You may need a cabin heater, depending on where you are and how long you intend to go out. Winter boating enthusiasts can choose from many different heating options, some of which could double up as anti-condensation aids. 

When you’re on the water, diesel or air-blown heaters will be most effective as long as you have a full tank of gas and your battery is fully charged. 

12. Check Your Paperwork

You may already be in the habit of checking your registration at the beginning of a new season. If not, you’ll want to double-check that your registration papers are in order and check with your insurance company to ensure you’re adequately insured for the winter. 

13. Keep a VHF Radio on Board

If you don’t already have one, consider purchasing one of these handy two-way radios. They transmit over a long range and don’t require much power. If you get into trouble on the water, you can send out an emergency distress call on channel 16. 

14. Watch the Weather

Wind chill in the winter months can be miserable if the wind is howling

Inclement weather can be a serious concern. While light winds are enjoyable for winter boating, the wind chill in the winter months can be pretty miserable if the wind is howling. 

It’s also easy to forget about the dangers of sunburn when it’s cold. Just because you don’t feel the heat on your skin the same way doesn’t mean you aren’t burning. The sun’s glare off of flat winter water can actually enhance the sun’s effects, so keep your sunglasses and sunscreen close at hand. 

Finally, if there’s any chance of the weather turning, it’s usually best to save your boating trip for another day. 

15. Plan Shorter Trips

Daylight hours are limited in winter, so you may have to adjust the length of your voyages to avoid coming home in the cold and dark. If you’re a first-time off-season boater, try sticking to daylight voyages. Your speeds will generally be lower and the winds lighter, so plan trips carefully. 

If you’d like to be out on the water a bit longer, leave earlier so you can still come back to port in the daylight. 

16. Keep Good Company

Don’t go out alone on the waters in the winter months. Use the buddy system for safety, as a boating companion will be there to help you if you need it. It’s also more enjoyable to share your boating experience with others. Good company and extra safety all in one — what could be better? 

Even with company, you should let a third party know where you’re going and how long you plan to be out on the water. If you need help or fall out of communication for any reason, this person will know to expect you and be able to take action if you don’t return on time. 

17. Watch for Hazards

Drive a little slower so you have plenty of time to navigate hazards if they do leap out in front of you

Water levels are often lower in winter, bringing hazards closer to the surface. Regardless of how well you know the water, it’s essential to keep an eye out for risks that may not have been visible before the off-season. 

Ask your boating buddy to help with keeping watch. Drive a little slower so you have plenty of time to navigate hazards if they do leap out in front of you. 

18. Stay Prepared

No one wants to go overboard into frigid waters, but as we know, sometimes accidents happen when boating. Ensure you’ve taken every precaution in case someone does go overboard:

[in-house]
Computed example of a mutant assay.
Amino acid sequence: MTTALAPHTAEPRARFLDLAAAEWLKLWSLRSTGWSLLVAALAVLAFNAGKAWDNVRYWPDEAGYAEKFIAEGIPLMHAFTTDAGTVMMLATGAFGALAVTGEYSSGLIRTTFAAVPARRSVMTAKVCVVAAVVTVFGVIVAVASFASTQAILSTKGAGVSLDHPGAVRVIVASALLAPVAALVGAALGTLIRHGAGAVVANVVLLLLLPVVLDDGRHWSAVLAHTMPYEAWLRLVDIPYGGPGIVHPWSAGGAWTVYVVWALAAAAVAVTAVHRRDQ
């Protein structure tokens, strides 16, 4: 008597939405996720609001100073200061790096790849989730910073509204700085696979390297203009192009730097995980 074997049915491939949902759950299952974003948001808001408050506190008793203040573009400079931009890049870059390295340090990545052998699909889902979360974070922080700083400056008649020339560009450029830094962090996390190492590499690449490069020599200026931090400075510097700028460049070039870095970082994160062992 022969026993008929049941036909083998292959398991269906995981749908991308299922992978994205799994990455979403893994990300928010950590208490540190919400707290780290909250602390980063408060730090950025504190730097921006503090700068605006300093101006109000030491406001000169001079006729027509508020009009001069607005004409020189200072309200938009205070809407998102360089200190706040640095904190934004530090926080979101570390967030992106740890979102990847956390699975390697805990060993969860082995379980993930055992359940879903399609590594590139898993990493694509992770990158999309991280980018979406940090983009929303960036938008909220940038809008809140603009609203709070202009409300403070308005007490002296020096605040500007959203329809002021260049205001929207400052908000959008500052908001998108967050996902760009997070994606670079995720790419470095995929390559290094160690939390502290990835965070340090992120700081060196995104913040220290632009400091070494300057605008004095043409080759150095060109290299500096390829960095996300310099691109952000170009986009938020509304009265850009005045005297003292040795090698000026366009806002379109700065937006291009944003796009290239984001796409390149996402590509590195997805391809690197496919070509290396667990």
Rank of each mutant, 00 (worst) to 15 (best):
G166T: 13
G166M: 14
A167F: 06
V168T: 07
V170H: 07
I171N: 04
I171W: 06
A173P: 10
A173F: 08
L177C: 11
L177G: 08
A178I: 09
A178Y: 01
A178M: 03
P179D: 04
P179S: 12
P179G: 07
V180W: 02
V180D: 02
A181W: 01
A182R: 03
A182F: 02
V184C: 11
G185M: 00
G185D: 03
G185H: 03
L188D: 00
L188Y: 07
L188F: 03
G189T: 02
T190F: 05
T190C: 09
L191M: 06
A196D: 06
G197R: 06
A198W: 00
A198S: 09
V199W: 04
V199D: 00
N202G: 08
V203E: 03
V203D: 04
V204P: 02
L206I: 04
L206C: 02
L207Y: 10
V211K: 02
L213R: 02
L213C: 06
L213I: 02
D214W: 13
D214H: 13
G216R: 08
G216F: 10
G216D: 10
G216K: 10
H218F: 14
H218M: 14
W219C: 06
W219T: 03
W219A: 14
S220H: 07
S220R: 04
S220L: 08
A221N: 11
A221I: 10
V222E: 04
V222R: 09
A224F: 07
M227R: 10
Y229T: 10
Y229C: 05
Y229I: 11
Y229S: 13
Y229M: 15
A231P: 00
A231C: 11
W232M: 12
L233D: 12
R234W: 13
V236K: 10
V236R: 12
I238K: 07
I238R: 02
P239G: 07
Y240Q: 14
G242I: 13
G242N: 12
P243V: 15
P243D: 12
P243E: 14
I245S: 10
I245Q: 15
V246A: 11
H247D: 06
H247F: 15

• Be aware of the signs of hypothermia and how you can help. 
  • Always err on the side of caution and keep warm clothes, energy-replenishing food and heat sources on board.
  • While you may want to warm them up as quickly as possible, it’s safest to bring their body back to normal temperature slowly. 

What to Wear on a Winter Boat Ride

What to wear on a boat when it’s cold might seem obvious, but there’s more to it than just warm clothing. Of course, you want to stay warm and cozy, but your winter boating wardrobe must also be helpful and comfortable. You and your fellow boaters must be as safe and dry as possible, so here’s a quick breakdown of some ideal winter boating attire. 

Layer Up

Layer up when boating in cold weather

You’ll want to protect your head and neck from the cold and a woolen hat is a great place to start. Be sure you buy one long enough to cover your ears and protect them from cold winds. A ski mask is another option that will also protect your neck, but if that isn’t your style, a spare wool scarf will do wonders to keep you warm and protected against moisture. 

When it comes to your body, have one word on your mind — layers. When you think you have enough layers, add another. The most important layers include the following:

  • Base layer: Your base layer is the clothing that sits against your skin, and a high-quality base layer will do more than provide insulation. Look for fabric designed with moisture wicking, which means it moves water off the surface of your skin. You can get tops, leggings and even socks to assemble your ideal boating base layer. 
  • Mid layer: These garments keep you warm — as the name implies, you’ll wear them between your base layer and waterproofs. Fleece mid-layers are a common choice, but you can choose the most comfortable alternative. 
  • Outer layer: Now that you’re insulated, you’ll need to ensure you also stay dry. Most outer layers are waterproof and wind-resistant, providing a last line of defense from the winter elements. The more breathable your outer layer, the more comfort you can expect on your trip. Jackets and salopettes are the most common outer layer alternatives. 

Protect Your Extremities

Hand and footwear are essential on a boat in the winter. Having cold extremities can be unpleasant at best and dangerous at worst. 

Rubber boots will do an excellent job of keeping your feet dry, but they don’t do much in the warmth department. On the other hand, fleece-lined rubber boots are an excellent solution that ticks both boxes. Add a pair of warm socks for the finishing touch.